• NJ A3817: Requires ballot privacy sleeves at polling place; makes various changes to early and mail-in voting procedures.
      • NJ A3820: Prohibits unaffiliated mail-in voters from receiving mail-in ballots for primary election; requires election officials to provide such voters certain notices; prohibits mail-in ballot envelopes from containing visible political affiliation or designation for certain elections.
      • NJ A3822: Changes deadlines for mailing of mail-in ballots; requires certain reporting on canvass of ballots; permits establishment of pickup schedule for certain mail-in ballots; removes ability to change party affiliation at MVC.
      • NJ A3823: Provides additional processes to maintain voter rolls; permits remote training for election workers; removes salaries of boards of elections from two percent cap on expenditure increase; exempts election worker compensation from taxation.
      • NJ A3929: Allows certain voters residing overseas to vote in certain elections in this State depending on overseas residency or intent to return.
    • Republican trifectas: 3.
      • AZ HB2243: Voter registration; state residency; cancellation.
      • AZ SB1255: Lieutenant governor; duties; ballot.
      • NH HB1567: Relative to the removal of election officials from office.
    • Divided governments: 1.
      • PA SB573: In district election officers, further providing for appointment of watchers; and, in penalties, further providing for refusal to permit overseers, watchers, attorneys or candidates to act and for hindering or delaying performance of duty.
  • 8 bills were enacted. 
    • Democratic trifectas: 4.
      • NY A07933: Includes individuals who do not identify exclusively as a binary gender in eligibility for party positions.
      • NY S00253: Relates to ballots where the express intent of the voter is unambiguous.
      • RI H6656: Mail Ballots.
      • RI S2118: Mail Ballots.
    • Republican trifectas: 4.
      • AZ HCR2015: Initiatives; supermajority vote; requirement.
      • AZ SCR1024: Lieutenant governor; joint ticket.
      • NH HB514: Relative to ballot column rotation.
      • NH SB364: Relative to the use of electronic poll books.
  • 1 bill was vetoed. 
    • Divided governments: 1.
      • LA HB359: Provides relative to federal election guidance and funding.

The map below visualizes the concentration of this recent activity across the nation. A darker shade of yellow indicates a higher number of relevant bills that have been acted upon in the last week. A lighter shade of yellow indicates a lower number of bills that have been acted upon in the last week.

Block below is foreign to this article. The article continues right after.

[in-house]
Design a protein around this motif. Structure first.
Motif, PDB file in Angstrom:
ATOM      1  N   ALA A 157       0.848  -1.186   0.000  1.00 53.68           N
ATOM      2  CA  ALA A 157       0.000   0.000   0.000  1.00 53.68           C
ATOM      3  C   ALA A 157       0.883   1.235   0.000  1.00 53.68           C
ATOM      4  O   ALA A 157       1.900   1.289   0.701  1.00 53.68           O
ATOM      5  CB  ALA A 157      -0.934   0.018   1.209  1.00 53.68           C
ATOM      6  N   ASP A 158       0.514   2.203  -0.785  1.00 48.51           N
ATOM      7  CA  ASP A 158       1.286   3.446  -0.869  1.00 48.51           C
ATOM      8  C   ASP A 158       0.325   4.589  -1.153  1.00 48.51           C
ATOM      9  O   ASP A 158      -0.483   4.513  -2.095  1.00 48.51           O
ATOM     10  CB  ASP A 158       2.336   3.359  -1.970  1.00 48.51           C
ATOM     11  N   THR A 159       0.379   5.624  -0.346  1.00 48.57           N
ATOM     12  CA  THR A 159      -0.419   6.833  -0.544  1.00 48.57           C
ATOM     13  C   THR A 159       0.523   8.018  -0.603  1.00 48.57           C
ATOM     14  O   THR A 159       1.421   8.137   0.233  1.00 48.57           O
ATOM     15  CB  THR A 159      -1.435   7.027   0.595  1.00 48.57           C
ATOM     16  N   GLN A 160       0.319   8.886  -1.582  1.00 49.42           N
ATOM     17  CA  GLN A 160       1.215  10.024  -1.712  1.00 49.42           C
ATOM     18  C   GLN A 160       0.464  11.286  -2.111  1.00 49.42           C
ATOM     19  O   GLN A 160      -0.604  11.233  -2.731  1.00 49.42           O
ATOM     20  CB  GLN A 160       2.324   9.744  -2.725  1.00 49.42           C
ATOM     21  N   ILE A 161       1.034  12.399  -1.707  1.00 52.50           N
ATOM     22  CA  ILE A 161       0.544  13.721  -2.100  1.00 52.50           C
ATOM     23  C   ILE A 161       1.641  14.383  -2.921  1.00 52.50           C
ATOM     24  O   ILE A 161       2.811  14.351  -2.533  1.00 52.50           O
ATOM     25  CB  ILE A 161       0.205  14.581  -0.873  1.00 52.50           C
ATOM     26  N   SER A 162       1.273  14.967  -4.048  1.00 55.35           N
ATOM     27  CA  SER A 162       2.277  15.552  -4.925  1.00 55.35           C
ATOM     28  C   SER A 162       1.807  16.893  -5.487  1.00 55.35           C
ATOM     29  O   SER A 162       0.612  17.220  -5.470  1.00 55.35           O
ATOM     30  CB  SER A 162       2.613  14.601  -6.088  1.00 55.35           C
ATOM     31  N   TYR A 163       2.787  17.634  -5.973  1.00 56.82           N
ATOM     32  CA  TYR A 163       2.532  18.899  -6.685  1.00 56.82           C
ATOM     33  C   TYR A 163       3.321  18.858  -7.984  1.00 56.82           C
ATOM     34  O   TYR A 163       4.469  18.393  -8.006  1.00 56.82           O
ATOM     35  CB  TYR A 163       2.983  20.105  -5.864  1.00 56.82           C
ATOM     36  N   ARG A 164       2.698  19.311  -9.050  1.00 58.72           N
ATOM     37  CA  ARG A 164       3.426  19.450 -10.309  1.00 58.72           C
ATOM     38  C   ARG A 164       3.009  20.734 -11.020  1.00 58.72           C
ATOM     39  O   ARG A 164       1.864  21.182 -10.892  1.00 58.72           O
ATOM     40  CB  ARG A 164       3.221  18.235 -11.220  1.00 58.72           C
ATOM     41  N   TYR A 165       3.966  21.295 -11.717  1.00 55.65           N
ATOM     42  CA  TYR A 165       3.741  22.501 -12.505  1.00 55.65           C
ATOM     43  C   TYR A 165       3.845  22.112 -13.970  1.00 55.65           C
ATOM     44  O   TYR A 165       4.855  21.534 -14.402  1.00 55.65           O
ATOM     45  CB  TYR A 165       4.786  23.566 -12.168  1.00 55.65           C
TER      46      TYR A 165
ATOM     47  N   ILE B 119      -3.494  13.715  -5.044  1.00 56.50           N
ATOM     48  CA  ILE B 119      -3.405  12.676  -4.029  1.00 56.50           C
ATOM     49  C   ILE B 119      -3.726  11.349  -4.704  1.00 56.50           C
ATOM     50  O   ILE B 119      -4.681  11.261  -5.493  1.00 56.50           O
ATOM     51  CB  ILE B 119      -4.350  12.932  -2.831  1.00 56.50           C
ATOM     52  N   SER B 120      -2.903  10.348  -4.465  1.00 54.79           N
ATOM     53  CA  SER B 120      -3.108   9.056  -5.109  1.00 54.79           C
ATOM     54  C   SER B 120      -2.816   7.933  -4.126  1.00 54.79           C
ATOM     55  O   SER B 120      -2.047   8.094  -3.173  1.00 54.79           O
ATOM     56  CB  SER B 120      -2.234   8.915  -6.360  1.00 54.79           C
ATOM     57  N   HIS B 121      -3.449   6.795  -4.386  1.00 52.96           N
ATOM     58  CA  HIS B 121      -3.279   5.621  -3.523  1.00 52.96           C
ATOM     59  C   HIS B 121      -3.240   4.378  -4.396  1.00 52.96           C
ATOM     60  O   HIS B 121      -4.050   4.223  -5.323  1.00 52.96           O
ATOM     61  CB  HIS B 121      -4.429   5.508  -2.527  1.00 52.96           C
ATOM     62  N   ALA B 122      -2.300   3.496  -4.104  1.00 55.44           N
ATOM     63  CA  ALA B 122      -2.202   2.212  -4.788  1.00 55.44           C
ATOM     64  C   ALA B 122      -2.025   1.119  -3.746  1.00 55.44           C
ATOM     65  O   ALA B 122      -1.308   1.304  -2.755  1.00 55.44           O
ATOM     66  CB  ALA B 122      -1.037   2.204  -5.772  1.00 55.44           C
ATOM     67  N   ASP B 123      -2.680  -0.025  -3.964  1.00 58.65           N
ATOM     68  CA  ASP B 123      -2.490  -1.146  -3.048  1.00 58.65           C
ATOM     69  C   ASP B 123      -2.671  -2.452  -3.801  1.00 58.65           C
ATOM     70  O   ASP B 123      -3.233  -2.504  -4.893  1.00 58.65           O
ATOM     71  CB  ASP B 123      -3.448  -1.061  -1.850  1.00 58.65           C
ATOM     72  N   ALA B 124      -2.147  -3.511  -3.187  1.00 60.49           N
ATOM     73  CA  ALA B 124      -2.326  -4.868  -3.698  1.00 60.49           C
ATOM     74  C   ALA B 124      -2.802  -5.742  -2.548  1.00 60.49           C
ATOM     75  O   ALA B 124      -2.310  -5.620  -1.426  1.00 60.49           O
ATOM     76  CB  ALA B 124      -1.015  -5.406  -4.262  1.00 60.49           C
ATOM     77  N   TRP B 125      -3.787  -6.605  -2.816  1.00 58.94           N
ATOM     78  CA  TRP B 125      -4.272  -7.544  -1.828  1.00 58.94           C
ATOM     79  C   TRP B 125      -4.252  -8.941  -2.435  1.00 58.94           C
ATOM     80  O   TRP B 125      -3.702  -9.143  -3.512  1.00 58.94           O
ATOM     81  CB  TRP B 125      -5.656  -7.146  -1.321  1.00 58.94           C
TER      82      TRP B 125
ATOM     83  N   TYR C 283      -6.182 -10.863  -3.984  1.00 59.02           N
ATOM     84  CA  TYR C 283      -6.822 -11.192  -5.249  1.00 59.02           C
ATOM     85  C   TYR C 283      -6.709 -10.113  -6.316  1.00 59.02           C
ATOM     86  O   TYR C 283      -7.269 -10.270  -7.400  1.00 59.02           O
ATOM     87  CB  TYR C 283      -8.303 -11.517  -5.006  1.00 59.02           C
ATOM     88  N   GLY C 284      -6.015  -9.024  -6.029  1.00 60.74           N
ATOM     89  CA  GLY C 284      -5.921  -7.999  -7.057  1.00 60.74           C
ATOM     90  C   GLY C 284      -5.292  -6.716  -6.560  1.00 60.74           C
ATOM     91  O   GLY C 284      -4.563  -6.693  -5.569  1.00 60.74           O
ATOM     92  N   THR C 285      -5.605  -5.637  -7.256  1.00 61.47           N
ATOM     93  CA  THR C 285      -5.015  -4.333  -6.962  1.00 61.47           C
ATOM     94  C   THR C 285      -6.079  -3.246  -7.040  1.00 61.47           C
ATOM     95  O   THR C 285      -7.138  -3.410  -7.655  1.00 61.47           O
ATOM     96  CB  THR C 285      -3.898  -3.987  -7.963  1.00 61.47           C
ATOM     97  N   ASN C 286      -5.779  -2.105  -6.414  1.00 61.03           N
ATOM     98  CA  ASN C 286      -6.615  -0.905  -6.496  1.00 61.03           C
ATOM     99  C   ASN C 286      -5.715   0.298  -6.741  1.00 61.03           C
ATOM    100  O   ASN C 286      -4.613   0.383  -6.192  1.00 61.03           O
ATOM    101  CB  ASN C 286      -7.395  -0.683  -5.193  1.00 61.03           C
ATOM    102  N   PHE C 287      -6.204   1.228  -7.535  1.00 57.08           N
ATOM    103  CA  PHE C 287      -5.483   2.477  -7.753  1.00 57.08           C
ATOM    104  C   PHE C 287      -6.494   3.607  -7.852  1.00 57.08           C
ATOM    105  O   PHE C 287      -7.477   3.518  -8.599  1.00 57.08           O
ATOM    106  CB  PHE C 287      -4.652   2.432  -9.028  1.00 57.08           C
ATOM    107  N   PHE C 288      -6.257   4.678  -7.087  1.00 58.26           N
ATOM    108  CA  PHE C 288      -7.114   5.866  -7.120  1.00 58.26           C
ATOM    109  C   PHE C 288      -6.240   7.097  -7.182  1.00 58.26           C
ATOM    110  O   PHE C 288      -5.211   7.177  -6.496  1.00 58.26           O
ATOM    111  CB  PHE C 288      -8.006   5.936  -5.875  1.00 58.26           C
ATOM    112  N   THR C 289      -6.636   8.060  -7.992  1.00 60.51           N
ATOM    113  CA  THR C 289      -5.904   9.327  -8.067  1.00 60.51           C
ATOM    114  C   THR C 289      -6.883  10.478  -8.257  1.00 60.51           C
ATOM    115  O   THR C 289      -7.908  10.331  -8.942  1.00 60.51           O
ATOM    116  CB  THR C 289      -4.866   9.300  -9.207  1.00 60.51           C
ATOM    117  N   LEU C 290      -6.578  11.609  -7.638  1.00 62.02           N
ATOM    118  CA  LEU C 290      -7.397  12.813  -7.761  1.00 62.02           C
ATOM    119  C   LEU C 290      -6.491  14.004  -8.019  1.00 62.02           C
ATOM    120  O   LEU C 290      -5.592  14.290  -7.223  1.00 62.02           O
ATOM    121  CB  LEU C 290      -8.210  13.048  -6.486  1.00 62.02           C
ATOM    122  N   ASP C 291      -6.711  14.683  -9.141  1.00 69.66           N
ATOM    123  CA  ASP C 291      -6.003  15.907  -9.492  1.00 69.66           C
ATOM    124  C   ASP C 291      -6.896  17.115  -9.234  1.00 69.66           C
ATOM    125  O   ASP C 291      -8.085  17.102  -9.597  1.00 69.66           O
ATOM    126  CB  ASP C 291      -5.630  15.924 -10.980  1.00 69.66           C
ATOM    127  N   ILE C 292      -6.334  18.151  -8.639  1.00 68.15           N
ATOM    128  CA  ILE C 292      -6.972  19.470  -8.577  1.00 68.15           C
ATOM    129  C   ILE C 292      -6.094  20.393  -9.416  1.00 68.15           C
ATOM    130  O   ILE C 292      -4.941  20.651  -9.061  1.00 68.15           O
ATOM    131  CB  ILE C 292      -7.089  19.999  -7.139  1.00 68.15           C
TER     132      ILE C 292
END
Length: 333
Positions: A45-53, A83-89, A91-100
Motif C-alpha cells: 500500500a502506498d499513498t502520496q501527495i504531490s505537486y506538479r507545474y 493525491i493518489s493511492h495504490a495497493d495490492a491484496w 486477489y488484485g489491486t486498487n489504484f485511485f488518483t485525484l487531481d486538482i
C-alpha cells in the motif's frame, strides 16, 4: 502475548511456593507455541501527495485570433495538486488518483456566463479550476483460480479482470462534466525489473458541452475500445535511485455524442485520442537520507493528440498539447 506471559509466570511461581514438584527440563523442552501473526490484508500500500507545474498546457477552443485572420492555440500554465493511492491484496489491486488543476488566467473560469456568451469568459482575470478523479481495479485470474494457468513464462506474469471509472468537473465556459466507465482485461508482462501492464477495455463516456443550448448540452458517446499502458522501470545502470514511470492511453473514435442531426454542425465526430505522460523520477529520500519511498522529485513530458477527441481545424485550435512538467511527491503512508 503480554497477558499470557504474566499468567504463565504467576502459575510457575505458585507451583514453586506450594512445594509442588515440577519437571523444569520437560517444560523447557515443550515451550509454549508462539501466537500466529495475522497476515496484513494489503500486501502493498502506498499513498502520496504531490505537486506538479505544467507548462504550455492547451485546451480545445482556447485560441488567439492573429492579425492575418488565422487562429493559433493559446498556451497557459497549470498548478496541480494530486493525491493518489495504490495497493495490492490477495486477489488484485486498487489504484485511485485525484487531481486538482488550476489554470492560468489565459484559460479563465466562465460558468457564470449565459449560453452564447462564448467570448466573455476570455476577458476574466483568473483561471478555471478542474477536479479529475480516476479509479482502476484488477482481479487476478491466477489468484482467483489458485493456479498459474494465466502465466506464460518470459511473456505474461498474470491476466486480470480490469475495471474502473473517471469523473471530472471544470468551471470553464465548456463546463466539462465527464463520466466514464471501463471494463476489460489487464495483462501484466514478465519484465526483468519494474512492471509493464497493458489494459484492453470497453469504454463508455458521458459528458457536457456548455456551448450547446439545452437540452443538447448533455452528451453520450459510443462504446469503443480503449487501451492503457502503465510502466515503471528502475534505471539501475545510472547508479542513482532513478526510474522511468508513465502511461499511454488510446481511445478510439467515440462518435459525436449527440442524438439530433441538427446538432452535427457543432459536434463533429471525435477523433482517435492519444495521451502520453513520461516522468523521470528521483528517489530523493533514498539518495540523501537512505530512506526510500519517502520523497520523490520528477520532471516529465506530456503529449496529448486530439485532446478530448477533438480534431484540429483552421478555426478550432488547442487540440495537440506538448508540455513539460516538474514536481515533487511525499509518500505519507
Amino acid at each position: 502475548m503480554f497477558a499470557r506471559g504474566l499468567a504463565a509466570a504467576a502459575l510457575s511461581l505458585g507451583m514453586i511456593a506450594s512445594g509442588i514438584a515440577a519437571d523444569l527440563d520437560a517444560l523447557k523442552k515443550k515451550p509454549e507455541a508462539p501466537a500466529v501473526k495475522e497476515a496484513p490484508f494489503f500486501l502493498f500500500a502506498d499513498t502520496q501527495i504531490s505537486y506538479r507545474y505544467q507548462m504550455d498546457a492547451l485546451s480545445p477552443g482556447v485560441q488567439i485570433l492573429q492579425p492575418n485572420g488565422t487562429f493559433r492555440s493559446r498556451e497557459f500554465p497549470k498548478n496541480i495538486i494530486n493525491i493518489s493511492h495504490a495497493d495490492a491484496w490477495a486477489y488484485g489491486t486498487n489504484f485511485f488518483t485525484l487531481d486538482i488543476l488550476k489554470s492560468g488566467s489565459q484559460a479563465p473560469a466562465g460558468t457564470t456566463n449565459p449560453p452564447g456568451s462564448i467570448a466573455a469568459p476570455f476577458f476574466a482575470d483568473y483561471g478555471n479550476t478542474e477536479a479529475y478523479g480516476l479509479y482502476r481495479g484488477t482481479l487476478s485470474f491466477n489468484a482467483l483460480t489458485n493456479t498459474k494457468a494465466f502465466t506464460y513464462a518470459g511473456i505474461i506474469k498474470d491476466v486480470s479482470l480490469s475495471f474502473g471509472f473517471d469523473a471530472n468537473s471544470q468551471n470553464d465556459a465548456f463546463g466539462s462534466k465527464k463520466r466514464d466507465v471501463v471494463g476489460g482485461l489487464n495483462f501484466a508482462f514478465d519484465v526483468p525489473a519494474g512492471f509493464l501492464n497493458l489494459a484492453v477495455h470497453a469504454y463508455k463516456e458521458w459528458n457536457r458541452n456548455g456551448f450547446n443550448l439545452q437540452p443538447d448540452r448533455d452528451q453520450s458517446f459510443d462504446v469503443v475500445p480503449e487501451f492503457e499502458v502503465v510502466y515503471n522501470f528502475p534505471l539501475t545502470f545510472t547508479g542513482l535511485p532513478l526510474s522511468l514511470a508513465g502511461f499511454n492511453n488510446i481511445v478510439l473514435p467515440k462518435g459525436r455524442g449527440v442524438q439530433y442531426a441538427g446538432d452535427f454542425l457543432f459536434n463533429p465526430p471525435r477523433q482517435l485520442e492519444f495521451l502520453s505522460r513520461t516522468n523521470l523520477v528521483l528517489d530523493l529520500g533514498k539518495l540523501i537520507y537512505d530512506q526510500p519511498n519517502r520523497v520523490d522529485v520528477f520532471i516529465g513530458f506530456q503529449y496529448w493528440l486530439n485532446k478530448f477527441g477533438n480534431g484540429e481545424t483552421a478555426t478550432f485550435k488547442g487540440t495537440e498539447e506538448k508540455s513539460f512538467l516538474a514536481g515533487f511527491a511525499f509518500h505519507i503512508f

The big picture

To date, we have tracked 2,521 election-related bills. This represents a marginal increase as compared to last week’s 2,519 bills. These bills were either introduced this year or crossed over from last year’s legislative sessions. 

Legislative status 

The pie charts below visualize the legislative status of the bills we are tracking. The following status indicators are used: 

  • Introduced: The bill has been pre-filed, introduced, or referred to committee but has not otherwise been acted upon.
  • Advanced from committee: The bill has received a favorable vote in committee. It has either advanced to another committee or to the floor for a vote. 
  • Passed one chamber: The bill has been approved by one legislative chamber.
  • Conference committee: Differing versions of the bill have been approved by their respective chambers and a conference committee has been appointed to reconcile the differences. 
  • Passed both chambers: The bill has cleared both chambers of the legislature. 
  • Enacted: The bill has been enacted into law, by gubernatorial action or inaction or veto override. 
  • Vetoed: The bill has been vetoed. 
  • Dead: The bill has been defeated in committee or by floor vote. 

The pie charts below visualize the legislative status of bills in Democratic and Republican trifectas, respectively. 

Concentration of activity

The map below visualizes the concentration of legislative activity across the nation. A darker shade of yellow indicates a higher number of relevant bills that have been introduced. A lighter shade of yellow indicates a lower number of relevant bills. 

Partisan affiliation of sponsor(s)

The pie chart below visualizes the partisan affiliation of bill sponsors.

The bar chart below visualizes the correlation between the partisan affiliation of bill sponsors and trifecta status (e.g., how many Democratic-sponsored bills were introduced in Democratic trifectas vs. Republican trifectas).

Bills by topic

The chart below presents information on the total number of bills dealing with particular topics. The number listed on the blue portion of each bar indicates the number of Democratic-sponsored bills dealing with the subject in question. The number listed on the red portion of the bar indicates the number of Republican-sponsored bills. The purple and gray portions of the bar indicate the number of bipartisan-sponsored bills and bills with unspecified sponsorship, respectively. Note that the numbers listed here will not, when summed, equal the total number of bills because some bills deal with multiple topics.